The photo doesn't quite do it justice. Stockings don't look nearly as good laying flat as they do hanging on the mantel. Since I don't have a fireplace or mantel (we leave a key for Santa under the doormat), I can't do the classic Christmas stocking display. That said, it really did turn out nicely, with that classic stocking shape to it. Most importantly, the stocking worked perfectly last year. It stretched really well and held a lot of treats and toys.

Last year when I decided I was going to knit stockings for my boys, I searched all over Ravelry for a good pattern. As you can imagine, there were lots and lots of them. Problem was that a majority of the patterns had all sort of complicated, albeit lovely, designs. All I wanted a nice, simple stocking pattern.  After some more searching, I finally found a pattern from Very Pink. It is the perfect simple stocking pattern and great for beginners because there is a video for each step of the knitting process (Very Pink's knitting videos are the best ones I've come across, hands down. I'd watched some of her other ones before I worked on this project.).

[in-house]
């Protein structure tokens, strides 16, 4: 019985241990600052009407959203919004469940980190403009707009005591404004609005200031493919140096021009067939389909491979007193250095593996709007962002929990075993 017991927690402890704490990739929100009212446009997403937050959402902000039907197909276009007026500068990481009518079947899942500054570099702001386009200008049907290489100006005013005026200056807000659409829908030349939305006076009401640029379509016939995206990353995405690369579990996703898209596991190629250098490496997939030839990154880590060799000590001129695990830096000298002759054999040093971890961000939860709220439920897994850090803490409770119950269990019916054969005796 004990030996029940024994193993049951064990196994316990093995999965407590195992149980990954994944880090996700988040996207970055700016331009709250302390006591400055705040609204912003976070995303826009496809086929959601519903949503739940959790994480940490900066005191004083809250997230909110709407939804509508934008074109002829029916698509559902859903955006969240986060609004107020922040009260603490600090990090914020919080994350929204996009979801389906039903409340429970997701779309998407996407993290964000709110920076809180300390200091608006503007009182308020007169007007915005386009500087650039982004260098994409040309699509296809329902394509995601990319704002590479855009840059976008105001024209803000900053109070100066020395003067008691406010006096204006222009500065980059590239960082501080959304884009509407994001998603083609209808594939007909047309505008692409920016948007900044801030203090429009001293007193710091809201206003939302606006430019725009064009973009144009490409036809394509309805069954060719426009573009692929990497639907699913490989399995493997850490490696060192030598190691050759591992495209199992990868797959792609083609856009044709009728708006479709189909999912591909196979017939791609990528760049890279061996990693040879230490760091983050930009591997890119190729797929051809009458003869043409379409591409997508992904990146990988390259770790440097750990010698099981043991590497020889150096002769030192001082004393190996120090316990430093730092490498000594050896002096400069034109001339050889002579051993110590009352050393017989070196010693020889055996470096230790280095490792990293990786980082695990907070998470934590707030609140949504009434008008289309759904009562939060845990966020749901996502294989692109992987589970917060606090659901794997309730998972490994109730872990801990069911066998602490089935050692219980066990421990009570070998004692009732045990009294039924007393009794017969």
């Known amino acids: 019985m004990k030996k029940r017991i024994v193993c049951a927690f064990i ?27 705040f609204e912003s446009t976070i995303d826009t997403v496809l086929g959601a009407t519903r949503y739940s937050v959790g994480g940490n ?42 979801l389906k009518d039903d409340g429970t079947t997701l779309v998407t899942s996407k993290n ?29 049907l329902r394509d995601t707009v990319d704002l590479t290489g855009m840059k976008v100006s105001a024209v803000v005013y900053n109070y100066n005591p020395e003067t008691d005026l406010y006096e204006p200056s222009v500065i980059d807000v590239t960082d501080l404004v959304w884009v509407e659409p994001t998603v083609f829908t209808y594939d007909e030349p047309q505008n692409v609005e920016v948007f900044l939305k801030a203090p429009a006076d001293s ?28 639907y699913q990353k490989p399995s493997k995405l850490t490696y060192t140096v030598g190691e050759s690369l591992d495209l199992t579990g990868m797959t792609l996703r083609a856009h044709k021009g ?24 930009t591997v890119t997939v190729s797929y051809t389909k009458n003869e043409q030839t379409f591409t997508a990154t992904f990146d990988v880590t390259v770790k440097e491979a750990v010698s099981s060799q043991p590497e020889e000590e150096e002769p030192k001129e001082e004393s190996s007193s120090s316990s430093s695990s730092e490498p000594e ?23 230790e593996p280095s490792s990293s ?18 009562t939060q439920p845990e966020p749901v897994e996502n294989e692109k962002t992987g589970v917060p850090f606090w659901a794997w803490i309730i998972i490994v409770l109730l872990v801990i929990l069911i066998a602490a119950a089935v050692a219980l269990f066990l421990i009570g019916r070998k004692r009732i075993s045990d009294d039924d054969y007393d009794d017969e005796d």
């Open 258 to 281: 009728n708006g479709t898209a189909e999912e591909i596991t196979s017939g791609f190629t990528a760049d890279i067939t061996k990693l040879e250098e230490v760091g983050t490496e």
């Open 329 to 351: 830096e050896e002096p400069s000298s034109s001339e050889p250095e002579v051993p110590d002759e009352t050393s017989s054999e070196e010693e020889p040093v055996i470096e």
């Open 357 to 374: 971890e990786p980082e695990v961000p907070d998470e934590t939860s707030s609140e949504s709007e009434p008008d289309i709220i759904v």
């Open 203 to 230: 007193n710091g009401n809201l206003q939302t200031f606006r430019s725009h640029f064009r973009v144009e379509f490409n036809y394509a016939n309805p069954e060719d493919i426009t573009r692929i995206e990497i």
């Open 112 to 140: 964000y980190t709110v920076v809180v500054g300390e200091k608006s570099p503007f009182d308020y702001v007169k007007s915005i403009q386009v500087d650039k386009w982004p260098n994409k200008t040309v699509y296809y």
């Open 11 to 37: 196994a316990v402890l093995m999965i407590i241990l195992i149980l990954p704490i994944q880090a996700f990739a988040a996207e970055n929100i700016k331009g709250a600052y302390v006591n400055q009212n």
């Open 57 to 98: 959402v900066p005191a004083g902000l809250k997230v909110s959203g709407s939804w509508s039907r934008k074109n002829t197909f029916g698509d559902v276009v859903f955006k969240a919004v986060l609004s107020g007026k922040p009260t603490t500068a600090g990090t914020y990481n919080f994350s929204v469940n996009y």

The pattern costs $8 to download. To make each stocking, I used two skeins (one cream, one green or red) of worsted weight yarn. You can find my Ravelry notes for the project here. I highly recommend this pattern, especially if you're a beginning-intermediate knitter like myself.

After the husband and I get the kids to bed and I remember to move that Elf to another part of the house, I'll pour myself a cup of egg nog or grab a sugar cookie, see if there are any good Christmas shows on Netflix, and cast on a stocking for my two-year-old. A pretty cozy way to spend a December evening, if I do say so. Makes all those other stressful aspects of the season seem a lot less important.